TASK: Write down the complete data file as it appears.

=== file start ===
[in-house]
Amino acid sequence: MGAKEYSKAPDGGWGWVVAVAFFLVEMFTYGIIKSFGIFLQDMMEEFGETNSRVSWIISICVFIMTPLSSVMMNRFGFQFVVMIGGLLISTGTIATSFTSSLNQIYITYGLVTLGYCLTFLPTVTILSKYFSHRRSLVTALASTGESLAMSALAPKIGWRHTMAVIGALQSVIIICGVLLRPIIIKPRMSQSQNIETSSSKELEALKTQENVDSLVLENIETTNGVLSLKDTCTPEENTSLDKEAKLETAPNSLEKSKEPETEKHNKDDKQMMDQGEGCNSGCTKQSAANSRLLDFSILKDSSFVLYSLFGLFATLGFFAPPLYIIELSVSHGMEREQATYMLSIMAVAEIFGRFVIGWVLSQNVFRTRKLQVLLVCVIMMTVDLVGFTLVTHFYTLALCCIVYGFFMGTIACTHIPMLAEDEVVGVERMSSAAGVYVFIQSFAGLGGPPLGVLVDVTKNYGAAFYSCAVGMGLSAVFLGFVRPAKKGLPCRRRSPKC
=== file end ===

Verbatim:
[in-house]
Amino acid sequence: MGAKEYSKAPDGGWGWVVAVAFFLVEMFTYGIIKSFGIFLQDMMEEFGETNSRVSWIISICVFIMTPLSSVMMNRFGFQFVVMIGGLLISTGTIATSFTSSLNQIYITYGLVTLGYCLTFLPTVTILSKYFSHRRSLVTALASTGESLAMSALAPKIGWRHTMAVIGALQSVIIICGVLLRPIIIKPRMSQSQNIETSSSKELEALKTQENVDSLVLENIETTNGVLSLKDTCTPEENTSLDKEAKLETAPNSLEKSKEPETEKHNKDDKQMMDQGEGCNSGCTKQSAANSRLLDFSILKDSSFVLYSLFGLFATLGFFAPPLYIIELSVSHGMEREQATYMLSIMAVAEIFGRFVIGWVLSQNVFRTRKLQVLLVCVIMMTVDLVGFTLVTHFYTLALCCIVYGFFMGTIACTHIPMLAEDEVVGVERMSSAAGVYVFIQSFAGLGGPPLGVLVDVTKNYGAAFYSCAVGMGLSAVFLGFVRPAKKGLPCRRRSPKC